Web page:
Moroccan artisans use fine horsehair brushes to paint geometric patterns on the ceramics. Despite coming in various colors, the cobalt blue and white marks on the most traditional Fassi ceramics make it simple to identify. Fes-made pottery is still fired in old-fashioned kilns that primarily burn ground olive pits, a Moroccan olive oil industry byproduct. Olive pits are a cost-effective and environmentally friendly alternative fuel source that allows for a hot but "clean" burn.


Zellage: the art of Moroccan tile


Moroccan zellige first appeared in the 10th century and developed throughout the Merenid Dynasty, influenced by Roman and Byzantine mosaics.


The zellige tilework used to depict richness and elegance in the mansions of affluent art patrons continues to be a defining feature of Moroccan architecture and design.


Where to find zellige tilework in Morocco


Zellige craftsmanship can be found adorning floors, walls, columns, staircases, fountains, hammams, and swimming pools throughout Morocco. You can find it everywhere; it is particularly prominent in historical locations such as Dar Batha in Fes, Bahia Palace in Marrakech, and the Mausoleum of Moulay Ismail in Meknes.


It is also found in more contemporary buildings like riads and restaurants. The Hassan II mosque in Casablanca features zellige as a fundamental component of its design.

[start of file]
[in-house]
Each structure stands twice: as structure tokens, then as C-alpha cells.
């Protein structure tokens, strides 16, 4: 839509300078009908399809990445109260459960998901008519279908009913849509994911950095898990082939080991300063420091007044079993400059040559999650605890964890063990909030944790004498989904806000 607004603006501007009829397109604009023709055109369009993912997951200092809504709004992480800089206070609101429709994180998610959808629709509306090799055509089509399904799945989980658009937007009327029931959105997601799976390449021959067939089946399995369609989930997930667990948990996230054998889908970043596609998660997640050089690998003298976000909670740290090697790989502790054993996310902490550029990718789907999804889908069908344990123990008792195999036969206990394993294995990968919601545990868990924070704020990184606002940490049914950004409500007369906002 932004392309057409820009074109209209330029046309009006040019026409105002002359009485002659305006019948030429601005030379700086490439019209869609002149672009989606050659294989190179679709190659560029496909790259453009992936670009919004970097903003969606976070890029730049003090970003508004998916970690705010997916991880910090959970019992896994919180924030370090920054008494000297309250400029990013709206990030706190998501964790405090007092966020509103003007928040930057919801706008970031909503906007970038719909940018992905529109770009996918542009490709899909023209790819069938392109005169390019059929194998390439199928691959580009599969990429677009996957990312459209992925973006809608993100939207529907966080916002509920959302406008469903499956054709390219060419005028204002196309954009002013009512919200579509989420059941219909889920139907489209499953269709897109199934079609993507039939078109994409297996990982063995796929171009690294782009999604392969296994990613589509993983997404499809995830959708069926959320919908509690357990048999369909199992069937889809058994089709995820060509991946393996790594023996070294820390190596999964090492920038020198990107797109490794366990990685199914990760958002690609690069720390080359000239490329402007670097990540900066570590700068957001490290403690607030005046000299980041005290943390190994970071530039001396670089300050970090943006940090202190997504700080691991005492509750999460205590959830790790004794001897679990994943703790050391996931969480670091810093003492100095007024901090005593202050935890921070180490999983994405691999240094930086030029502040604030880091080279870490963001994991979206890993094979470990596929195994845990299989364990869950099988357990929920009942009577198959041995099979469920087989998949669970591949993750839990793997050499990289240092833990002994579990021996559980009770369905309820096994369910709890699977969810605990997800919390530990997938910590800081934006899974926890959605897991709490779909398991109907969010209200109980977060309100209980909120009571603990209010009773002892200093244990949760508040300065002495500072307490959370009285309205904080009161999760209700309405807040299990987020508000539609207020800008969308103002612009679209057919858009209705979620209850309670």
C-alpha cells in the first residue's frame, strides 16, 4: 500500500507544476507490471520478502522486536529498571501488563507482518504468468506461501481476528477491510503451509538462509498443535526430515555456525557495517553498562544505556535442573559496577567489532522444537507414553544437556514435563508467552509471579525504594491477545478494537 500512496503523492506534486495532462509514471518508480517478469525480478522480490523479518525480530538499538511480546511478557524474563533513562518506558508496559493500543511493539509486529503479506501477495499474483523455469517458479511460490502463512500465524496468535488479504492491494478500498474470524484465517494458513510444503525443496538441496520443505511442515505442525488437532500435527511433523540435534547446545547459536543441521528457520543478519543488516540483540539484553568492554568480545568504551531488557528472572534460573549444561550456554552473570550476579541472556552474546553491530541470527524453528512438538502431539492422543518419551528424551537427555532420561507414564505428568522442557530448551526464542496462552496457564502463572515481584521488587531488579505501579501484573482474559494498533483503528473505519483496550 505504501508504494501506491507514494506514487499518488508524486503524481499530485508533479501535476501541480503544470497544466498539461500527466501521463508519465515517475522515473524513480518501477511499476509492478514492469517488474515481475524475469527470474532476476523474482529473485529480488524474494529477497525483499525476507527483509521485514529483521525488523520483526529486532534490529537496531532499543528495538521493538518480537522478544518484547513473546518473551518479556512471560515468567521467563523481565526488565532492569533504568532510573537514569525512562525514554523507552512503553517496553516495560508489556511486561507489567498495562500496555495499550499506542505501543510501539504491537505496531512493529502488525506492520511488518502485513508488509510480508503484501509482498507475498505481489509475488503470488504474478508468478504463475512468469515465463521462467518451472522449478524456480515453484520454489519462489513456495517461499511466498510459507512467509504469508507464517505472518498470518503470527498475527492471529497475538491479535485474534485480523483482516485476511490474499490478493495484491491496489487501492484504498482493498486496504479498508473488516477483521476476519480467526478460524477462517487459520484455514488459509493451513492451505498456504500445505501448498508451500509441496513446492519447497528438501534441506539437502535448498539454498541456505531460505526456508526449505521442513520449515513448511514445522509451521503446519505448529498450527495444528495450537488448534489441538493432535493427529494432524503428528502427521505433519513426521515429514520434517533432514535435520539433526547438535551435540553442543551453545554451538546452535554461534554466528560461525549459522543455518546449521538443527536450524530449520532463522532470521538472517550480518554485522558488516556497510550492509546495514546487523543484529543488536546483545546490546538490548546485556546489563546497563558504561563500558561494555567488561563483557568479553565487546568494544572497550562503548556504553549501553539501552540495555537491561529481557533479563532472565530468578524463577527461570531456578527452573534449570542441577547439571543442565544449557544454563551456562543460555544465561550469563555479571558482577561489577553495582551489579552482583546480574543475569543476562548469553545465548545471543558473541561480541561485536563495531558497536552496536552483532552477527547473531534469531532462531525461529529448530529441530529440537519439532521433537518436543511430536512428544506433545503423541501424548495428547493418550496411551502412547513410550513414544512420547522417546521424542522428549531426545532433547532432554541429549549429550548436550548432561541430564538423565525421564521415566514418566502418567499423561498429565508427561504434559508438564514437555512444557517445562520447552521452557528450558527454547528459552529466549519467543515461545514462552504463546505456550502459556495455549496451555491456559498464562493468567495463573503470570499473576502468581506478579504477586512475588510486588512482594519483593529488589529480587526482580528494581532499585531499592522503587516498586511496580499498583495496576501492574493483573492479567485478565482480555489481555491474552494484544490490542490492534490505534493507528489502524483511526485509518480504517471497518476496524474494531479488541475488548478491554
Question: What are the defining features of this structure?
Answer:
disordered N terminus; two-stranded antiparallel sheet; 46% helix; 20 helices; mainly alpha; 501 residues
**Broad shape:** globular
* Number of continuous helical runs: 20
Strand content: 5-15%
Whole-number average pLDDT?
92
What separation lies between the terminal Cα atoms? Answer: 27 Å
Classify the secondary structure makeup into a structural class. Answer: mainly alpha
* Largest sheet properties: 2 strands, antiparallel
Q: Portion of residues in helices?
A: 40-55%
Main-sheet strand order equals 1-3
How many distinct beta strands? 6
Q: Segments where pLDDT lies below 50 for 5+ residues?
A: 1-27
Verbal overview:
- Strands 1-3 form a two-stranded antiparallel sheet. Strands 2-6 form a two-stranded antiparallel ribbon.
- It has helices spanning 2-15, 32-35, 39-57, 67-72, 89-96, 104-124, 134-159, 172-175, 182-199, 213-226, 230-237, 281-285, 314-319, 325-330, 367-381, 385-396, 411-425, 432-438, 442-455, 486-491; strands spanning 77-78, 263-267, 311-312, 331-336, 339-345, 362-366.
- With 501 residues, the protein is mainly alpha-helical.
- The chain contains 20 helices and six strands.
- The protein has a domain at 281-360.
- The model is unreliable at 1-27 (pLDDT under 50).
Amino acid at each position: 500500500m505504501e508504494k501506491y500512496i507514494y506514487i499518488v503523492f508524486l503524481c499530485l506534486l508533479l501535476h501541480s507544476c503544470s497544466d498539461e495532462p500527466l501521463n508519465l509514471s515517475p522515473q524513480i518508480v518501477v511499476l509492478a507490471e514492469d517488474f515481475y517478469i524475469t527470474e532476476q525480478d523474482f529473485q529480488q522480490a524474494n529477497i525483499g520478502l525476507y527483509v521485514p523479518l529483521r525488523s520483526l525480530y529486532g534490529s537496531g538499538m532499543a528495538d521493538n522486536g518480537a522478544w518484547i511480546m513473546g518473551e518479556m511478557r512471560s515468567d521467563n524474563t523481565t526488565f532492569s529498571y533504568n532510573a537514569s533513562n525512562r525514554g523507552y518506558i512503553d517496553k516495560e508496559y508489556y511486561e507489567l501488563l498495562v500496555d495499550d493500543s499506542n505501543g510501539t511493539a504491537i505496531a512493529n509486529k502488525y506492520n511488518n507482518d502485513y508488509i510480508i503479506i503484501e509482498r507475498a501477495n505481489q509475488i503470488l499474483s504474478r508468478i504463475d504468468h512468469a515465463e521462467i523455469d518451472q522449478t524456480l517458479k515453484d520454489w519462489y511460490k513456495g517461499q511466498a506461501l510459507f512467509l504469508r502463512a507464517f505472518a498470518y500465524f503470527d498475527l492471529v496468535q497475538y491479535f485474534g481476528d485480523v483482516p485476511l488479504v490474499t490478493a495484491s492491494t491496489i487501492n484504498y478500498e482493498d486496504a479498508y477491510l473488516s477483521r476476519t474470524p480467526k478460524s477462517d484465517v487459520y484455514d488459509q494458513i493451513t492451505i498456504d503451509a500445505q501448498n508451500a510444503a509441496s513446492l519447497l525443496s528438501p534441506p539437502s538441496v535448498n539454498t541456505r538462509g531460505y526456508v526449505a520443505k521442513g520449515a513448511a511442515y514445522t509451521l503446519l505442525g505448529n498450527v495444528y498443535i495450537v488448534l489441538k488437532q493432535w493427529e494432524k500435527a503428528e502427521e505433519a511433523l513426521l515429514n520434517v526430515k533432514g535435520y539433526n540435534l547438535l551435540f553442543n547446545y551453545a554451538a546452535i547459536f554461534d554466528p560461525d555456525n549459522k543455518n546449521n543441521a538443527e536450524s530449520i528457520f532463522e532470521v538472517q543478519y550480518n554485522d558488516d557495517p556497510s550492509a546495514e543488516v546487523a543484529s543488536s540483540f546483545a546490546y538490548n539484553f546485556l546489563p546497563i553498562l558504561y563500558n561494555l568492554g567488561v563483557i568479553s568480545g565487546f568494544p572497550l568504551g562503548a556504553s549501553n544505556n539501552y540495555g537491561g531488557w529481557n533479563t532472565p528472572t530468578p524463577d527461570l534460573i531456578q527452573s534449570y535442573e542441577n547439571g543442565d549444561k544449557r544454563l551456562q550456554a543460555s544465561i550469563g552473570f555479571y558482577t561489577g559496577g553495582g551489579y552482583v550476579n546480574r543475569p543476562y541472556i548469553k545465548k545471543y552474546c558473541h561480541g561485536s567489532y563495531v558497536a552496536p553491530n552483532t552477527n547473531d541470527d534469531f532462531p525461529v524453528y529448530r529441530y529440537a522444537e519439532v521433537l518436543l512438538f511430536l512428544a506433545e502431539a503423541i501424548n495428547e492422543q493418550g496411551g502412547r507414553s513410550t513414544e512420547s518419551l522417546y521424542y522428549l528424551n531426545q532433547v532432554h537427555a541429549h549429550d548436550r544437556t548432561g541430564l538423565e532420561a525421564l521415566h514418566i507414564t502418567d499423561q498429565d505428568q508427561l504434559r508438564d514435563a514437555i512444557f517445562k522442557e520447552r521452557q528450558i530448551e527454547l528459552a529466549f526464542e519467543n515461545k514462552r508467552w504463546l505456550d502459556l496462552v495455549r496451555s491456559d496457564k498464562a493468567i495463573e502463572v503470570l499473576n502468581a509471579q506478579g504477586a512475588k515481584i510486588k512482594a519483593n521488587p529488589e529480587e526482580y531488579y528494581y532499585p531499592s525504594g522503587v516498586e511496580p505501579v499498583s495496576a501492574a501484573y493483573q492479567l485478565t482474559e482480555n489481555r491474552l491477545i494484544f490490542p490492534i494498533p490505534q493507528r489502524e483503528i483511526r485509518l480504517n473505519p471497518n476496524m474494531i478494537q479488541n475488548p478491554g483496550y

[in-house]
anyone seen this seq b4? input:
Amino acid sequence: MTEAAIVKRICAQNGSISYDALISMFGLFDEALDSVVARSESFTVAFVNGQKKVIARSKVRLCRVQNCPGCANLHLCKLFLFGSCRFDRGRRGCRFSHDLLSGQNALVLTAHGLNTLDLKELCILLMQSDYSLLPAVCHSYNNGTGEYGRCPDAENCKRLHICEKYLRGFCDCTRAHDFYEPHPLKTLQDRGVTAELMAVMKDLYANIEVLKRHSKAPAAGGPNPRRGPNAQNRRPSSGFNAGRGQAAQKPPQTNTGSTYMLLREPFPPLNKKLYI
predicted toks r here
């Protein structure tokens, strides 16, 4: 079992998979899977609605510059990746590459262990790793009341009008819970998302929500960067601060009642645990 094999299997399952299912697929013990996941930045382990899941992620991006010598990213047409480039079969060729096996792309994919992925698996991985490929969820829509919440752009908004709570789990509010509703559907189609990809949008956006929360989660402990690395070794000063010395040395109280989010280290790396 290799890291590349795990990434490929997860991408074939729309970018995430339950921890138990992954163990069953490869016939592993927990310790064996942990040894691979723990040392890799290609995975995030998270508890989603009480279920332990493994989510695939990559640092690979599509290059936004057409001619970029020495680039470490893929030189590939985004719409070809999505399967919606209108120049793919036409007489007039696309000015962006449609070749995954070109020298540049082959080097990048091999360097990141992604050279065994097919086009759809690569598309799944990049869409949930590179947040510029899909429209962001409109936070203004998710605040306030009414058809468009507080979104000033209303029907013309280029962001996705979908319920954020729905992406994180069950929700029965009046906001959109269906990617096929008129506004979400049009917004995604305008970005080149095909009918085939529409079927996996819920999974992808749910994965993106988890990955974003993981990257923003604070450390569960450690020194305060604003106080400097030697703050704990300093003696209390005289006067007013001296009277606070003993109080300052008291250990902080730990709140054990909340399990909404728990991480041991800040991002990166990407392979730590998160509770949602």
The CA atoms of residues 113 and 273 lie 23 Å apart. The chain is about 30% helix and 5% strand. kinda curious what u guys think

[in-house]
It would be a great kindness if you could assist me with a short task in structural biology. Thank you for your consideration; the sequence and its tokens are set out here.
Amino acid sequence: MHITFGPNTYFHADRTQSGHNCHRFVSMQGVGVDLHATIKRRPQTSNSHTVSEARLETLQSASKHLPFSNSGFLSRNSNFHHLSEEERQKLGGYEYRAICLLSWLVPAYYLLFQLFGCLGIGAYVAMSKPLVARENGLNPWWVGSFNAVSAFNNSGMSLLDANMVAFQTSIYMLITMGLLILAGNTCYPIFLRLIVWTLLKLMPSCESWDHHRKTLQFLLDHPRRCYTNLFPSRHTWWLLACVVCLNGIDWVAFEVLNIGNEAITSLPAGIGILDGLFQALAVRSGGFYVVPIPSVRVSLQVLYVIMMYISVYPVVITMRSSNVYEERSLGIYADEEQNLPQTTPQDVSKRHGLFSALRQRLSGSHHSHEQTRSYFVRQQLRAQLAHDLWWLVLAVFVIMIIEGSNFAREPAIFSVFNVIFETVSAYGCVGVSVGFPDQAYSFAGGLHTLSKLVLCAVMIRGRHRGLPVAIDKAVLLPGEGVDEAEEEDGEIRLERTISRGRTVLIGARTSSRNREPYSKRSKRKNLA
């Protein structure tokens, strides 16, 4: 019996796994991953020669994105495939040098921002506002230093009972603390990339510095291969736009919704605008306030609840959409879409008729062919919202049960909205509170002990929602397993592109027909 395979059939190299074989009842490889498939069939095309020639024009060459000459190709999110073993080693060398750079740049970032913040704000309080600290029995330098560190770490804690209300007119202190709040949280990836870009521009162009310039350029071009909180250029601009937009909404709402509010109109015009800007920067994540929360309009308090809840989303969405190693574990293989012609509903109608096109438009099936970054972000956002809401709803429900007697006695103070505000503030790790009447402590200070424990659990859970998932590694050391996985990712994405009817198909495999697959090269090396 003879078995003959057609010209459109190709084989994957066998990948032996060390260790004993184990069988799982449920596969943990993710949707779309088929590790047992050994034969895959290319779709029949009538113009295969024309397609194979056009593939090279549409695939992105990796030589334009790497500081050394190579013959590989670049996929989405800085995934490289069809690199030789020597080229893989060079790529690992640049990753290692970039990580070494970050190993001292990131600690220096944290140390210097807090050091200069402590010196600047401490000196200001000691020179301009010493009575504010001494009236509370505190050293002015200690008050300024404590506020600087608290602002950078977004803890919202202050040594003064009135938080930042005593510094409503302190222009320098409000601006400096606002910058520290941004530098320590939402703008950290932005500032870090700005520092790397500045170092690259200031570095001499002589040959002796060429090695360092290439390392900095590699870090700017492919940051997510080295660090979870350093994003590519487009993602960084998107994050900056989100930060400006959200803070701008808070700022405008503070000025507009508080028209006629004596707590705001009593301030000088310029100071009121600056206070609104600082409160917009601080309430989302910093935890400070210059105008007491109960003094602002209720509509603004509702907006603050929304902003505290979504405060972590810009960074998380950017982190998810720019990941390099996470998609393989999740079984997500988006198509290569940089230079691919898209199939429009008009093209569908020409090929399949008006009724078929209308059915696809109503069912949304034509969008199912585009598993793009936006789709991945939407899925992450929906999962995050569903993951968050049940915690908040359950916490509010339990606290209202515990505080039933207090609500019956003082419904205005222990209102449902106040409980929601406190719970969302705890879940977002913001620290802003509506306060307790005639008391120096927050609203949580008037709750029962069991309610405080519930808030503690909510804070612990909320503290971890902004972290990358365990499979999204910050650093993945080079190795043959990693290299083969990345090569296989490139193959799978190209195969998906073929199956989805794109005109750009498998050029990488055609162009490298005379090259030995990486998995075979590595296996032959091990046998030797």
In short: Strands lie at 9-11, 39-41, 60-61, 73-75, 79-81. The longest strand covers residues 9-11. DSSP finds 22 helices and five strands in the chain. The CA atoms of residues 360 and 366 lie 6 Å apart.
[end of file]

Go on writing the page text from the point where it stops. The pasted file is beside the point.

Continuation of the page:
How is zellige tile created?


Using the same fine stoneware clay as for Fassi pottery by tiles, the square tiles are molded and calibrated as the initial stage in any Moroccan mosaic tilework.


Then, a single color is applied to each zellige square and fired at a particular temperature for each shade. The zellige tiles can be hand-shaped and cut to size after they have been fired and cooled.


Shapes are carved out of hard tiles rather than molded into the necessary shapes before being burned. This is a distinctive feature of Moroccan tiles and a brilliant illustration of Moroccan craftsmanship. Most of the time, apprentices are the ones who "cut" zellige tiles by swiftly tracing a model piece of zellige onto the tile, then chipping away the excess.


Chiseling zellige tike into its final form


The individual pieces of zellige must be carefully and steadily chiseled away; the tool's size and weight are out of proportion to the tile's breadth and, ultimately, to the delicate nature of each tiny shape that results. Each artisan will cut their unique shape from the tile, from which the skilled artisans will eventually fashion their masterpieces.


Moroccan tilework is constructed face-down for free-standing objects, like tabletops or fountains. The Moroccan craftsman takes each design element apart and "glues" them together. In this instance, the "glue" is actually "Black soap," another by-product of the Moroccan olive oil industry, also known by its French names, "savon black" or "savon bildi." Once every zellige is in position, cement is applied to the back, and once it has dried, the sculpture is turned over to reveal its beauty.